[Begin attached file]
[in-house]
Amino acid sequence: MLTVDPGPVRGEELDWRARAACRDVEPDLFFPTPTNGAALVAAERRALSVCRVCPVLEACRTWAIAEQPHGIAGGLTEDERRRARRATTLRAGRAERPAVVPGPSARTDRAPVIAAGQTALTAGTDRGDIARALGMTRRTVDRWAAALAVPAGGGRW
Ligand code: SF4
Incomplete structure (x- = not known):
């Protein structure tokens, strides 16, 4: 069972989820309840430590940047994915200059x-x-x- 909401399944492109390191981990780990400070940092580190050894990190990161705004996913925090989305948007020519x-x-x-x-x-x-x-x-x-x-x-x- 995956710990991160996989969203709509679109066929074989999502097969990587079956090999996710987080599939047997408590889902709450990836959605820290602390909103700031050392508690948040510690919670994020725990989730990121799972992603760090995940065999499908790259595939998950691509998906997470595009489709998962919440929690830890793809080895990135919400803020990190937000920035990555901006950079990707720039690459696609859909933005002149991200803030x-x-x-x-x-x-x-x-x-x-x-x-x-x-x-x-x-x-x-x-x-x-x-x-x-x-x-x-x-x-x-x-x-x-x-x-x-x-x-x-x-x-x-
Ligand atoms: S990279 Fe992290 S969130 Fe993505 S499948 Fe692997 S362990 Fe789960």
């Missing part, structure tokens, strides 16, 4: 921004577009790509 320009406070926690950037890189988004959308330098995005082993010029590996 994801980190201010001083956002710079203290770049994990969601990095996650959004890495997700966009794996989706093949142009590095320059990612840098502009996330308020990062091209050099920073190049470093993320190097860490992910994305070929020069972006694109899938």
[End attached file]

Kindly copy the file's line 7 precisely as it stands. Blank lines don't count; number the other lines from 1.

């Missing part, structure tokens, strides 16, 4: 921004577009790509 320009406070926690950037890189988004959308330098995005082993010029590996 994801980190201010001083956002710079203290770049994990969601990095996650959004890495997700966009794996989706093949142009590095320059990612840098502009996330308020990062091209050099920073190049470093993320190097860490992910994305070929020069972006694109899938």